Checking the stove, checking it twice
No, there’s nothing wrong with the appliance. The stove/oven range sits snuggly embedded inside of a curving pathway of granite countertop and contends favorably with the dishwasher for the title of swankiest object in the kitchen. It has no known malfunctions.
What I’m interested in is making sure that, before I leave the house, I haven’t left the stove “on”. It just takes two (on rare occasions, three) separate trips within the span of about two minutes for me to be really convinced of the stove’s neutrality.
I’ve grown used to this habit, but the irrationality of repeating this rite at least once a day has its own consequences. The Stove has acquired powers of awful proportions. One burner left carelessly open during the course of a workday, and the entire house – my laptop, my Kindle, my papers, my books, my musical instruments, my pets, my paperwork – will be licked away by property-destroying flames (or so I think). The stove represents a solitary seed of chaos-potential in the otherwise predictable routine of life.
So it must be monitored with the care that one reserves for an errant child with a bent toward pyromania. And if one has to swing through the kitchen an extra time because one wasn’t convinced that one sufficiently scrutinized the status of every burner knob (including the slow-cooker’s) the first time, then it’s a necessary evil.
This compulsive stove-checking doesn’t bother me too much; it’s really just a healthy habit “on steroids”. Besides, I’ve found that many of my friends (if not the majority of them) have some kind of obsessive habit or other to soothe away life’s threats of imminent mayhem.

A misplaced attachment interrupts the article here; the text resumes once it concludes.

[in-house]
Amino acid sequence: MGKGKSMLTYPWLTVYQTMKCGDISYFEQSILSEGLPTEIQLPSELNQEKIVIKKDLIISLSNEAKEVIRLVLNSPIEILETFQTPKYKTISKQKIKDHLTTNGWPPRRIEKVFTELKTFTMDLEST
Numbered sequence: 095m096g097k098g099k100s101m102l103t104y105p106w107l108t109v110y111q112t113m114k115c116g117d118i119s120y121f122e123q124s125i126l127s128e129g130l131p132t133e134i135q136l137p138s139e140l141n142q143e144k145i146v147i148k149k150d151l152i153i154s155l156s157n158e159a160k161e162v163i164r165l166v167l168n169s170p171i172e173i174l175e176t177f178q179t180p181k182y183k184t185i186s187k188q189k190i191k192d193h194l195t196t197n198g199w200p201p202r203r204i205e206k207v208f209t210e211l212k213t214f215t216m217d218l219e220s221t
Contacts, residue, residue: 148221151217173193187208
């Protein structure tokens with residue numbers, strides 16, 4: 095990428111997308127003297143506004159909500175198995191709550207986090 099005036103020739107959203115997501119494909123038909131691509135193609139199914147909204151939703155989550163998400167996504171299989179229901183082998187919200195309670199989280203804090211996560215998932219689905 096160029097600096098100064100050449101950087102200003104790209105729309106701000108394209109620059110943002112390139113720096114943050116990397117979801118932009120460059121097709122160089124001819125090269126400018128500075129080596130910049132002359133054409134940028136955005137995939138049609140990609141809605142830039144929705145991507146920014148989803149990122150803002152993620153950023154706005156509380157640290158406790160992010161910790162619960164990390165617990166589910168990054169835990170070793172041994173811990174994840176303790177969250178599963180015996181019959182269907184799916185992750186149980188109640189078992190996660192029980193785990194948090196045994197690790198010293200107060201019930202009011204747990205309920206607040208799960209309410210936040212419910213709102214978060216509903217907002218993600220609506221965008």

What does bother me is the granule of pessimism embedded in such a mentality. I wonder whether I double-check the stove not out of worry but out of a secret relish to find it on one of these days. I can see it now: rushing out the door, I’m certain the house’s appliances are placated, but I decide to give the range another visit; as I clear the refrigerator, I see that a teapot has been left on the stovetop above a blue flame waving wildly with malicious intent; images run through my head of water boiling, teapots turning into molten brass, and explosions squirting liquid flames onto the wooden kitchen cupboards; my fingers roll the knob of the burner until it hits the familiar click of the “Off” position; I can breathe easier, disaster has been averted.
If The Stove represents impending and inescapable destruction, then catching the workings-out of our demise in the act is the ultimate thrill. Not today will you destroy my worldly estate! I’m glad I came back to find you scheming here and put an end to your machinations, Stove. I live to see another day.
I call this secret desire to cheat death pessimistic because it implies a universe that longs for our physical or social destruction. And this thought is much harder to banish from the mind than the habit of stove-checking from one’s daily repertoire. Facing the inevitable uncertainties of life is one thing, but combating the perceived hostility of a higher power is another battle entirely. After all, what kind of God do we believe in that would find the most spiteful ways to ruin humans?
Thankfully, the stove in my house has yet to explode. And I’m not even convinced that there’s any real danger of accidentally forgetting to turn off a kitchen appliance (the famous apartment scene in Fight Club notwithstanding). But if personal quirks are projections of our inner anxieties, it helps to understand what they’re truly trying to say.